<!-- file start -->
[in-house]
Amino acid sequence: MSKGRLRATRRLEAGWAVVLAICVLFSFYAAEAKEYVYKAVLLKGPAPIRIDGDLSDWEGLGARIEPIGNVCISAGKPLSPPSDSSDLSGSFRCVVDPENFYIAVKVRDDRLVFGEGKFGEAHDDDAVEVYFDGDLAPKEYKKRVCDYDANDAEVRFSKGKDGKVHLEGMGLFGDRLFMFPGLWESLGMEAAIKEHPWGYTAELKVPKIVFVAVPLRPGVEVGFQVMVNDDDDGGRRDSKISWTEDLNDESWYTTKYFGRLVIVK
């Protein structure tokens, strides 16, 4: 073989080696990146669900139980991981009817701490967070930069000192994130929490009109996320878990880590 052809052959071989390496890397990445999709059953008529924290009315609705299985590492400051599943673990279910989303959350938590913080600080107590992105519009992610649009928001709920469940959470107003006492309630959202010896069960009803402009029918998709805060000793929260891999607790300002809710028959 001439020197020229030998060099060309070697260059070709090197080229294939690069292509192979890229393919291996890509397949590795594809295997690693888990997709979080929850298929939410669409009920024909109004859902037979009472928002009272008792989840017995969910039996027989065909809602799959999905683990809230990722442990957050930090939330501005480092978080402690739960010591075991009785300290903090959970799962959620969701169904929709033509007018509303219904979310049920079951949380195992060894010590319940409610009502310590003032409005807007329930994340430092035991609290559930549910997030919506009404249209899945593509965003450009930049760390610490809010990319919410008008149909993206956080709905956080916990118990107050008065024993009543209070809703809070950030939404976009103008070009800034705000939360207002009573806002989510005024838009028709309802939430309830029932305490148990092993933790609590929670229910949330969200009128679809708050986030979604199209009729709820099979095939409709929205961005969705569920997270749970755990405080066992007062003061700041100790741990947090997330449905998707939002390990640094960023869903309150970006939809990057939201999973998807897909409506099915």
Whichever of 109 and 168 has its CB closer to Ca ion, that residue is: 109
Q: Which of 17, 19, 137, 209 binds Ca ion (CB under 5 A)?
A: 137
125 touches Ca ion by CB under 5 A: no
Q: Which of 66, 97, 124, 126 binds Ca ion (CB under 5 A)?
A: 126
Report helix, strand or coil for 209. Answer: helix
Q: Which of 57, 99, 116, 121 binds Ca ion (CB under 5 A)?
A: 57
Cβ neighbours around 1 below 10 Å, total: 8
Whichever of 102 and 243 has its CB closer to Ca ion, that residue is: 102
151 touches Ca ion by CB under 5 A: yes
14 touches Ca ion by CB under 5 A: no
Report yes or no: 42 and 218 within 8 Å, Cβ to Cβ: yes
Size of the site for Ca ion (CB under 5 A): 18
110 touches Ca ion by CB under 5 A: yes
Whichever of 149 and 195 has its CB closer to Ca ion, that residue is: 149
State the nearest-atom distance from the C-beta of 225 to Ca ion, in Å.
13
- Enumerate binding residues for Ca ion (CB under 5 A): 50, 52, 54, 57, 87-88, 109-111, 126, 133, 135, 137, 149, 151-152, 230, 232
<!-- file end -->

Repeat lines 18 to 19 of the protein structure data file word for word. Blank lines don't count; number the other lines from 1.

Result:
Size of the site for Ca ion (CB under 5 A): 18
110 touches Ca ion by CB under 5 A: yes